StrategySearchGoogle, Amazon and the relationship between paid search and ecommerce

Google, Amazon and the relationship between paid search and ecommerce

Amazon has always threatened retailers, but as the ecommerce juggernaut grows its digital ad business, it's also posing a challenge to Google, which highlights the relationship between paid search and online shopping.

Last year, digital ad spend totaled $209 billion worldwide, finally surpassing TV. That’s great news for the industry, particularly Google and Facebook, who took home about 60% of that revenue. The duopoly’s dominance is projected to wane, mostly at the hands of—who else?—Amazon. The quintessential retail disruptor, Amazon now poses an increasing threat to Google, which only highlights the growing relationship between ecommerce and paid search.

Limited space on the mobile interface

Most search traffic comes from mobile devices, but mobile commerce hasn’t overtaken desktop (yet). Still, today’s customer journey has more touchpoints than ever before, which means that mobile devices often factor into purchases, even if the actual transaction happens somewhere else. According to last year’s MultiChannel Merchant Ecommerce Report, 85% of shoppers have started a purchase on one device and finished on another.

That stat alone demonstrates how much paid search factors into online shopping. With much more limited space, shopping ads dominate the entire mobile screen. Look at the same query from a desktop and a smartphone, side-by-side:

Desktop vs mobile search results

Another relevant stat? San Diego-based SEO company Ignite Visibility analyzed 5,000 queries to compare ranking and click-through rate. About 47% of clicks went to the three-highest links. Mobile shoppers are, more likely than not, clicking on an ad.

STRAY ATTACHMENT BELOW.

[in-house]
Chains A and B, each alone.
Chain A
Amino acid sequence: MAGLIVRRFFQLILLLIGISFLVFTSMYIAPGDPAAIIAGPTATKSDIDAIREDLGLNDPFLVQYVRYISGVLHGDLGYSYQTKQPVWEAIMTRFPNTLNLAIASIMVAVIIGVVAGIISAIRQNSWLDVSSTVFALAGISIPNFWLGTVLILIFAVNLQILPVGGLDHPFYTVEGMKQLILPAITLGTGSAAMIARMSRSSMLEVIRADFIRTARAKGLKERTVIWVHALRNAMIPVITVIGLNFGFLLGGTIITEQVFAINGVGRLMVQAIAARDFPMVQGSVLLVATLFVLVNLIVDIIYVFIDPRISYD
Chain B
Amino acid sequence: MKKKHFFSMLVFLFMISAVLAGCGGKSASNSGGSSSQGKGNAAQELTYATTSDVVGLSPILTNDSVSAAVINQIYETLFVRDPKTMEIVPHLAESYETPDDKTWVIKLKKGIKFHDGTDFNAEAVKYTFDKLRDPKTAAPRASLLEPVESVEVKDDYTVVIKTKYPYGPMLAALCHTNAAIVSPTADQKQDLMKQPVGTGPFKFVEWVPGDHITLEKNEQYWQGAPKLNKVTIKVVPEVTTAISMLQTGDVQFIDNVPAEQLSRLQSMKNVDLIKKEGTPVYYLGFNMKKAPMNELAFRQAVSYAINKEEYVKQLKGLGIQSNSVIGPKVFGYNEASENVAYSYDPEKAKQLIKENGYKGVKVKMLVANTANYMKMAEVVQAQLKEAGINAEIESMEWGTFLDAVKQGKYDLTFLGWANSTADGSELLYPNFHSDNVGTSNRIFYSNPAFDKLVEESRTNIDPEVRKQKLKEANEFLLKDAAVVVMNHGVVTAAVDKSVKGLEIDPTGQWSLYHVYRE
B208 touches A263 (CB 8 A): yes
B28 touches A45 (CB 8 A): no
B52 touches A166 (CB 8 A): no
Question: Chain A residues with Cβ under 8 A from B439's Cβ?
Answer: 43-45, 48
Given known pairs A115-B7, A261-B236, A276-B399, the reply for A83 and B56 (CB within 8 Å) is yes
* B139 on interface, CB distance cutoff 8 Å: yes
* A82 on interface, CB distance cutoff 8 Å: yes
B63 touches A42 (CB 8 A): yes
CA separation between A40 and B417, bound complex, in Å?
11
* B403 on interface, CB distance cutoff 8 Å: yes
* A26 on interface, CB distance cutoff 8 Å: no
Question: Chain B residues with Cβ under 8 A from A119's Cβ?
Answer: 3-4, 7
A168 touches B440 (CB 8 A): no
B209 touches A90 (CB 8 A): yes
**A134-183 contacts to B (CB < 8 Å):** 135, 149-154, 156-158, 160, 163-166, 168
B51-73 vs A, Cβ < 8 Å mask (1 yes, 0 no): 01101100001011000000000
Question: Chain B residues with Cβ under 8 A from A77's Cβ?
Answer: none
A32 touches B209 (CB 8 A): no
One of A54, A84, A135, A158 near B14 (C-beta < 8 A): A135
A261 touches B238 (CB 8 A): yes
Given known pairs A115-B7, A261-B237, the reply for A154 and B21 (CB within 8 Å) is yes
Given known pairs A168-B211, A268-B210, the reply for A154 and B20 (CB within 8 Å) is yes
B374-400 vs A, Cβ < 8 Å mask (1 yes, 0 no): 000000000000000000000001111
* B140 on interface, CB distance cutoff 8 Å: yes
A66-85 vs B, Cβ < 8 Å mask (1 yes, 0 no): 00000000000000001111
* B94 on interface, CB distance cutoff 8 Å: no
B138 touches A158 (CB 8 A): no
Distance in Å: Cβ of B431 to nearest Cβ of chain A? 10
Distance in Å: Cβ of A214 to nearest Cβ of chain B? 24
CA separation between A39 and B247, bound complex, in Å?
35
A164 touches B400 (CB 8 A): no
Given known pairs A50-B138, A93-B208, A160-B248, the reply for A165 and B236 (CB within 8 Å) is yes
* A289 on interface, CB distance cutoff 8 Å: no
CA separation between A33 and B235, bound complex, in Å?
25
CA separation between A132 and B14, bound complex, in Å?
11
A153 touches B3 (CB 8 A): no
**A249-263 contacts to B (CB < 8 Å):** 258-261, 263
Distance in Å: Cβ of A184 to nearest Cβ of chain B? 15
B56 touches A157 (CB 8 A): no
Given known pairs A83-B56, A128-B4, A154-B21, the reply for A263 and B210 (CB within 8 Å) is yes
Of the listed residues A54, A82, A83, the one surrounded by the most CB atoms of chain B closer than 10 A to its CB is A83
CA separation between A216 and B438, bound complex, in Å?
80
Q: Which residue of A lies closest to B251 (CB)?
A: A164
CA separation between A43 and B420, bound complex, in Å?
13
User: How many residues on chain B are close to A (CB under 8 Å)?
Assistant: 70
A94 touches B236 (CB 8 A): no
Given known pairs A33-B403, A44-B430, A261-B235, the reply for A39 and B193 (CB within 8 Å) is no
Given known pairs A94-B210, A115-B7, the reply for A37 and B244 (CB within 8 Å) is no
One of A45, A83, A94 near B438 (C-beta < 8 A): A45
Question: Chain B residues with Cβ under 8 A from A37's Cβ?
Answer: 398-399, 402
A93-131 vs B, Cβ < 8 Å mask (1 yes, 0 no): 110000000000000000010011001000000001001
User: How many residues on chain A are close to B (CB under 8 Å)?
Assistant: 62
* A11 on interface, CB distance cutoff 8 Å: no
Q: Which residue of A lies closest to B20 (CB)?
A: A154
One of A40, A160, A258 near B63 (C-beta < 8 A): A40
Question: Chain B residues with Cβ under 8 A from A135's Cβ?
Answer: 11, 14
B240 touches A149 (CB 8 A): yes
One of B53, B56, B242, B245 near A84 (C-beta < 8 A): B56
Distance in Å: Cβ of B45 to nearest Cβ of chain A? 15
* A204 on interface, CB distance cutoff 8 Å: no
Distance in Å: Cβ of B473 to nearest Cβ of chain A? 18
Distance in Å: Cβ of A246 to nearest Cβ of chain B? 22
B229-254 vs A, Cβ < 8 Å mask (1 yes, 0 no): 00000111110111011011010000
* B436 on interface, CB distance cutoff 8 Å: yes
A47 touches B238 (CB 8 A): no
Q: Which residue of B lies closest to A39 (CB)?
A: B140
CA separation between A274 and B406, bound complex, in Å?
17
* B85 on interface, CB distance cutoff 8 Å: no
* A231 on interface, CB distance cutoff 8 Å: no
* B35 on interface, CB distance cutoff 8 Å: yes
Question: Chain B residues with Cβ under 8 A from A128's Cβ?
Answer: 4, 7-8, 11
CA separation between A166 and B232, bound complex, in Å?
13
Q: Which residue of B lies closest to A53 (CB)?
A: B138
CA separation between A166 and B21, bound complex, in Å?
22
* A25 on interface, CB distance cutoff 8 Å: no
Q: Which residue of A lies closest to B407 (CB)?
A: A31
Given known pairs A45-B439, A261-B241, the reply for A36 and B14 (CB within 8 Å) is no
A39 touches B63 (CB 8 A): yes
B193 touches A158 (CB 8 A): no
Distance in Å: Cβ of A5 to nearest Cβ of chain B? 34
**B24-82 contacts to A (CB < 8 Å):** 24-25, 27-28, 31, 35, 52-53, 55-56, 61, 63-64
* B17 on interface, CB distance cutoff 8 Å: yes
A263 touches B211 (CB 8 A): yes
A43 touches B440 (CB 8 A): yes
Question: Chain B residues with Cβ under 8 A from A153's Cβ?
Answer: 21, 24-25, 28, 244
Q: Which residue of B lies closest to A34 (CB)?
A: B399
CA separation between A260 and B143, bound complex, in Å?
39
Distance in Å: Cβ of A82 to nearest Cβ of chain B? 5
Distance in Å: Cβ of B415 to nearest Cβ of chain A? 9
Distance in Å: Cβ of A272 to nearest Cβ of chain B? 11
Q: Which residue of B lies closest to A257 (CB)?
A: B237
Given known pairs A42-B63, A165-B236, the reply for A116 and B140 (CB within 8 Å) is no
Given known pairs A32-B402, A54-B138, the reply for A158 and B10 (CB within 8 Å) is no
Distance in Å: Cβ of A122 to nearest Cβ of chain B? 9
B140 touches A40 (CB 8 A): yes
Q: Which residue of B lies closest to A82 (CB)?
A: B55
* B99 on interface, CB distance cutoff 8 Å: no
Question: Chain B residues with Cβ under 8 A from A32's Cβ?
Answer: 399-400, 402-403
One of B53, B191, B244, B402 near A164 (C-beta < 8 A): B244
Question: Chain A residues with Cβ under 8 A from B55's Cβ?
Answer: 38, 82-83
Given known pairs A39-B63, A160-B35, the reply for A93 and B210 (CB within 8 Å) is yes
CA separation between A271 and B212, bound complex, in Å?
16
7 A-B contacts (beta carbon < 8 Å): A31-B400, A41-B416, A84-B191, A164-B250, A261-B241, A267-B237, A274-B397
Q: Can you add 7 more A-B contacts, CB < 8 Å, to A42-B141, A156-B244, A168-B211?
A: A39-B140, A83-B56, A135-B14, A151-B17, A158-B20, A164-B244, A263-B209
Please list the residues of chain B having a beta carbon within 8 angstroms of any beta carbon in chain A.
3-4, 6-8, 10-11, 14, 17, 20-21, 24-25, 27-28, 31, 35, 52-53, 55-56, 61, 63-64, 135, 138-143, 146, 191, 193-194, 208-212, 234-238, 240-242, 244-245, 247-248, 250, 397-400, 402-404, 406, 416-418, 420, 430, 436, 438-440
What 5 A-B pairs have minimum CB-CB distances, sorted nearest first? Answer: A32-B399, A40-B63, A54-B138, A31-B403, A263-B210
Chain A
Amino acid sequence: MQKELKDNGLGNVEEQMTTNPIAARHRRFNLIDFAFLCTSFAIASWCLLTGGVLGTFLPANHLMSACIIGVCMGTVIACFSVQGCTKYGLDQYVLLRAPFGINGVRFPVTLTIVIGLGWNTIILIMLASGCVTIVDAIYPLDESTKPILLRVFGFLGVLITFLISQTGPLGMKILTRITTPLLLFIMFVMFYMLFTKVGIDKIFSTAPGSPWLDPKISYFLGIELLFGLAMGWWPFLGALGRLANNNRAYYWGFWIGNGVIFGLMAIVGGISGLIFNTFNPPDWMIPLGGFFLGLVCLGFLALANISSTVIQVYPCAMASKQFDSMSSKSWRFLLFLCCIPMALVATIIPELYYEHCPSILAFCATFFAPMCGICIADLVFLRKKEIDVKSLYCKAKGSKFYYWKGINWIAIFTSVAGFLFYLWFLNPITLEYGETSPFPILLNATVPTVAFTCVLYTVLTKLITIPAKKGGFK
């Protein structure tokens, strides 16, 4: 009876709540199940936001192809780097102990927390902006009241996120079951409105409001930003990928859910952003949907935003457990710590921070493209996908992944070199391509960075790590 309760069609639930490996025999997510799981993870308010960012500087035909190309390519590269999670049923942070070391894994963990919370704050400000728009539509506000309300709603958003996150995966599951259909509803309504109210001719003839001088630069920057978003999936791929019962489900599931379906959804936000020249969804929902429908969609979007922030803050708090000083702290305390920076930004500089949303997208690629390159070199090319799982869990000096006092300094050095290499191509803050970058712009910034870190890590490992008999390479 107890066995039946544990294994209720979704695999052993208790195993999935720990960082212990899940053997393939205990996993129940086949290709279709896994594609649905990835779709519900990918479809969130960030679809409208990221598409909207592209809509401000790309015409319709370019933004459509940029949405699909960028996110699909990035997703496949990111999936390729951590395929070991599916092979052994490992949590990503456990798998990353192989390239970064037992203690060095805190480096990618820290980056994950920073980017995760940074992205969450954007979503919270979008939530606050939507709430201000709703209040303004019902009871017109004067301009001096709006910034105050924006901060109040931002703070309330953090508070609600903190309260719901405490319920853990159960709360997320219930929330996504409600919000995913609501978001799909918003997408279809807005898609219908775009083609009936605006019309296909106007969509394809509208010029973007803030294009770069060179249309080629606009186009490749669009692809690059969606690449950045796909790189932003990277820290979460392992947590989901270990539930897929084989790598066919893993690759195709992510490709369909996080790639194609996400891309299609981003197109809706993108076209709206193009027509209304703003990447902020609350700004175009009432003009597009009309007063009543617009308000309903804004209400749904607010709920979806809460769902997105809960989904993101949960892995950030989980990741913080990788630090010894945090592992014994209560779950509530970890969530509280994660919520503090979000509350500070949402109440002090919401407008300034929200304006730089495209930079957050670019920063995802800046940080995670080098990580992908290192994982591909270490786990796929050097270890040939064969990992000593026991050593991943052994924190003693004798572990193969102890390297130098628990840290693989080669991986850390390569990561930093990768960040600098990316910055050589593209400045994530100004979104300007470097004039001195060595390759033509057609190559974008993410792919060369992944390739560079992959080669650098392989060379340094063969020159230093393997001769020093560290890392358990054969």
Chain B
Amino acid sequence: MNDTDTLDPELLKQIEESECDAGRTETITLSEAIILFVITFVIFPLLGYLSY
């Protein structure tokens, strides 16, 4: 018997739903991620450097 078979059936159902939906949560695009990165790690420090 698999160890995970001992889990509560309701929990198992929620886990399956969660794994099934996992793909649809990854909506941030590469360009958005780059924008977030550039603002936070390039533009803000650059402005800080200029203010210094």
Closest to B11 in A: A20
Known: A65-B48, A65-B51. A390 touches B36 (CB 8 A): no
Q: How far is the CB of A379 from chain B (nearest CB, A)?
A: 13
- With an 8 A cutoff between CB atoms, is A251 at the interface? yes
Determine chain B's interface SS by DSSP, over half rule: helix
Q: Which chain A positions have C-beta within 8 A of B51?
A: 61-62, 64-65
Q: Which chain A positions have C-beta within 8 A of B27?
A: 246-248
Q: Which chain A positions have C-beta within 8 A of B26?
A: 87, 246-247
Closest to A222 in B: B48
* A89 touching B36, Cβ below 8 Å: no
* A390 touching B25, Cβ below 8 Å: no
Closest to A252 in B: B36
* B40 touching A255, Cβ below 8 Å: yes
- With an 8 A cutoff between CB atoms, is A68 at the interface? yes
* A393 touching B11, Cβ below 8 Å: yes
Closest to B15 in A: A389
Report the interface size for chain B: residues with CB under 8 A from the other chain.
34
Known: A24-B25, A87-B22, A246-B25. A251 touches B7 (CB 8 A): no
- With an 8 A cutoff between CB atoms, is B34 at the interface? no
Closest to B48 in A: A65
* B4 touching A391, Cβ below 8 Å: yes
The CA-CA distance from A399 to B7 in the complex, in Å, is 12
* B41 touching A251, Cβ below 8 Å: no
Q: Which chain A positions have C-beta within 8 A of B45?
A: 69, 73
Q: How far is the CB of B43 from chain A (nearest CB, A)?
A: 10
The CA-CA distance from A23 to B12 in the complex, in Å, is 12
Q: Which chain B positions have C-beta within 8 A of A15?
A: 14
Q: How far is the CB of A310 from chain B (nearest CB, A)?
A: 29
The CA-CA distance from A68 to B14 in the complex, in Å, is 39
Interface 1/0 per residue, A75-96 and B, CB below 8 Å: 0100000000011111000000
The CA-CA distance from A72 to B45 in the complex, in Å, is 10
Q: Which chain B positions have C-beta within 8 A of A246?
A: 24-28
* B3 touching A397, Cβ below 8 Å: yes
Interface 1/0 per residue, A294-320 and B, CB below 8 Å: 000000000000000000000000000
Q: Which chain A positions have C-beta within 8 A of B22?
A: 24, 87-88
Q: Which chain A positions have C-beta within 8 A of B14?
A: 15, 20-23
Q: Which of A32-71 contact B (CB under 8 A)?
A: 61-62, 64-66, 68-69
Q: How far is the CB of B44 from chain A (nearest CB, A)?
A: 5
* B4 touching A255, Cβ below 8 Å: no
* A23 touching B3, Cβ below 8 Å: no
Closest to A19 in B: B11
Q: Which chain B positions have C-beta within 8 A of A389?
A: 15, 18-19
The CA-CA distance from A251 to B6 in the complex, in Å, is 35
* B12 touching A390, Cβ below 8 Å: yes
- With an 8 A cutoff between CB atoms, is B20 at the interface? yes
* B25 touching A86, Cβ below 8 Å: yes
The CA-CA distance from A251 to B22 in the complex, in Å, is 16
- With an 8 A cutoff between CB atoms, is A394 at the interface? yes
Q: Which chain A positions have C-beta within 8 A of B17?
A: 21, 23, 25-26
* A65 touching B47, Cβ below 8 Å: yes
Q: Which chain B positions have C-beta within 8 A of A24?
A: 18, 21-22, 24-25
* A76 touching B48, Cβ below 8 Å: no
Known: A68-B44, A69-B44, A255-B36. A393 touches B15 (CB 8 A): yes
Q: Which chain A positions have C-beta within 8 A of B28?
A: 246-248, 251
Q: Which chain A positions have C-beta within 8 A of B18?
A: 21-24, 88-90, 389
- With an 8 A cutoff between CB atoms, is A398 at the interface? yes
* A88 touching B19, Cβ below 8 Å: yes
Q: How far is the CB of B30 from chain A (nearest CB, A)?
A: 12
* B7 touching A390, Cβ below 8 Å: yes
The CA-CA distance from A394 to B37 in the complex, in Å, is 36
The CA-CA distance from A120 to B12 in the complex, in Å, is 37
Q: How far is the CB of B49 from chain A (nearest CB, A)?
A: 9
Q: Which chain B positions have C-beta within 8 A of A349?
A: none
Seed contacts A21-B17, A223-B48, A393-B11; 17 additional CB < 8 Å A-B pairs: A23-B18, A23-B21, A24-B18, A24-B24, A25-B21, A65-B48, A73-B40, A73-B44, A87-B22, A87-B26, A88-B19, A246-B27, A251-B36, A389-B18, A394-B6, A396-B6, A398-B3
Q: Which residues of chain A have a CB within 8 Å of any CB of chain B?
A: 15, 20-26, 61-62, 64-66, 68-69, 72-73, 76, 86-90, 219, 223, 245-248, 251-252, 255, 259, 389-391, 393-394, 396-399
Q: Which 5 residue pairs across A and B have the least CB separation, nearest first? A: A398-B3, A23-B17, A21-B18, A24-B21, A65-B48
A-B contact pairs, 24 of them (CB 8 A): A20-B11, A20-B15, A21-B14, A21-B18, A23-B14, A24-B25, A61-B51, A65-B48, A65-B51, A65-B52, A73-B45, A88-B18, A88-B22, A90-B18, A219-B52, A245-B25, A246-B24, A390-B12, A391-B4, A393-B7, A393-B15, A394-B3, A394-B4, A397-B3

Paid search and ecommerce-Rank vs. CTR

Amazon as a search giant

Amazon is just as much of a search engine as it is an ecommerce platform. For the past few years, Amazon has been the starting point for more product searches than Google. At the same time, Amazon commands such loyalty that more and more shoppers don’t even look elsewhere, bypassing the search engines entirely. According to PricewaterhouseCooper’s 2018 Global Consumer Insights Survey, which included 22,000 people all over the world, 14% of consumers exclusively shop on Amazon.

As Amazon grows its advertising business, marketers are increasingly investing in the company’s own paid search products. When ClickZ teamed up with Catalyst, part of GroupM, for our Age of Amazon report, we found that 82% of Amazon Marketing Services users buy sponsored products, while 65% pay for both headline search ads and product display ads. The latter, similar to Google Shopping ads, represents the company’s fastest-growing ad product, with the highest sale-per-click.

Not only a significant seller in the paid search space, Amazon is an aggressive buyer. This graph from the Digital Marketing Depot shows just how much Amazon dominates the paid search landscape in the consumer electronics category:

Amazon's paid search in consumer electronics

Google strikes back

Google and Facebook dominate ad revenue, while Amazon is currently in fifth place. By 2020, eMarketer predicts it will take the third spot, displacing Oath and Microsoft.

Last week, Google introduced a new AdWords feature called Shopping Actions. It allows consumers to make purchases directly from shopping ads through Google Assistant, which saves payment information and powers instant checkout. It also works across devices, which is noteworthy given the growing popularity of voice search, and platforms. Ulta is one retailer participating in the program, which means that customers can sync their Google and Ultamate Rewards accounts. Google can then make better, more personalized product recommendations. (You know, like Amazon does.)

Other retail partners include Target, Walmart, and Home Depot, all of which will give Google a cut of sales made through Shopping Actions. “How/where can I buy…” queries on Google have increased 85% over the last two years, which was the genesis of the program. But you can’t help but think Amazon was also a factor.

 

Google Shopping Actions

 

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